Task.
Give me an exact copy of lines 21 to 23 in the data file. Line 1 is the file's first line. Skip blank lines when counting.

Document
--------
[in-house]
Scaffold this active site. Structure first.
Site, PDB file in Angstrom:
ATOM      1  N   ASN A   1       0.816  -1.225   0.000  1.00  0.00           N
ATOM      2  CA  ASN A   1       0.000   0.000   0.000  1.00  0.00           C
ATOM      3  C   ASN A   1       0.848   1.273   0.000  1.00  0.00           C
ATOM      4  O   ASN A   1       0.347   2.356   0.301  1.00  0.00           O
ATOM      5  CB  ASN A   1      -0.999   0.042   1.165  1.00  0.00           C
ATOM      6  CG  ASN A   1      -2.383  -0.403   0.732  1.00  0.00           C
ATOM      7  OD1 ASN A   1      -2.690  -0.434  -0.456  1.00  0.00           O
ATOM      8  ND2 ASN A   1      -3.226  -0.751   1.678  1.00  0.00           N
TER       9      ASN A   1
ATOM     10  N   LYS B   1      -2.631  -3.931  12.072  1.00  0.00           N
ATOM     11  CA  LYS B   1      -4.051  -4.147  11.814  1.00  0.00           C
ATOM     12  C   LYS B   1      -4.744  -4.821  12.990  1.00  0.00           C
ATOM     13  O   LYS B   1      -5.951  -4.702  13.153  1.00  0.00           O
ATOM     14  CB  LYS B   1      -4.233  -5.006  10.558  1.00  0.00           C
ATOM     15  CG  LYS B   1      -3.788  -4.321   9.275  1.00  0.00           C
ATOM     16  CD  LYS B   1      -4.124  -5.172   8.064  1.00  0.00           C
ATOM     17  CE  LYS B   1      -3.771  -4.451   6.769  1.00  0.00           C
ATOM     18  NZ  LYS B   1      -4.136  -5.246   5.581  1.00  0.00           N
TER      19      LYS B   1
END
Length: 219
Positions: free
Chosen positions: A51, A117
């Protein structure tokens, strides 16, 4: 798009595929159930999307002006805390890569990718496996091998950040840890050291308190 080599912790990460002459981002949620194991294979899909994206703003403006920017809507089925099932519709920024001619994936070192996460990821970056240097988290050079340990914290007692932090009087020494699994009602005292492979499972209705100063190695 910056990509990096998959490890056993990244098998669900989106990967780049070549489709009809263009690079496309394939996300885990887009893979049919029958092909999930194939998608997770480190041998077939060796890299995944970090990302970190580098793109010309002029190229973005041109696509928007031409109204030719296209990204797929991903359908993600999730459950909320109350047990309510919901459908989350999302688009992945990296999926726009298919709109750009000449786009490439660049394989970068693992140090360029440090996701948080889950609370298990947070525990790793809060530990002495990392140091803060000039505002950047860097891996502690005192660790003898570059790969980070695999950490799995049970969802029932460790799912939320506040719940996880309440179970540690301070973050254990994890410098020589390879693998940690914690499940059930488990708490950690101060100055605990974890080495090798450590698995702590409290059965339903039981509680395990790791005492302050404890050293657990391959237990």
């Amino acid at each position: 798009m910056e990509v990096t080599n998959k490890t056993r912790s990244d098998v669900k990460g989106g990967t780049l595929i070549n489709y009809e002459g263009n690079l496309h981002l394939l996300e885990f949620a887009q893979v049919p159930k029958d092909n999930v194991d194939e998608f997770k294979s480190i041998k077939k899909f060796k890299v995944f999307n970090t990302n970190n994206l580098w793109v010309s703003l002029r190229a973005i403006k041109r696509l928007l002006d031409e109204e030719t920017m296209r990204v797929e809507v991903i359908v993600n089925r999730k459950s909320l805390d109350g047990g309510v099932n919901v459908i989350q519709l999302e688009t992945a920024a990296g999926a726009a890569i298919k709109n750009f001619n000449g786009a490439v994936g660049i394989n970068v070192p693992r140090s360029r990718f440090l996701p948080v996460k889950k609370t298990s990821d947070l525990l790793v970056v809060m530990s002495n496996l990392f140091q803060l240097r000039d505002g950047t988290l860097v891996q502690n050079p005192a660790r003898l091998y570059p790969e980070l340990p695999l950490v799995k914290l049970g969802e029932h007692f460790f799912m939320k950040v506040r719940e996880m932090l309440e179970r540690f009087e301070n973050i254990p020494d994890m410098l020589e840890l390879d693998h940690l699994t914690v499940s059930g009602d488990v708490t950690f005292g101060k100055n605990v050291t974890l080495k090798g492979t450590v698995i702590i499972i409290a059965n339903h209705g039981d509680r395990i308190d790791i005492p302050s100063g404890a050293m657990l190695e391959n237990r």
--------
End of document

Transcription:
ATOM     18  NZ  LYS B   1      -4.136  -5.246   5.581  1.00  0.00           N
TER      19      LYS B   1
END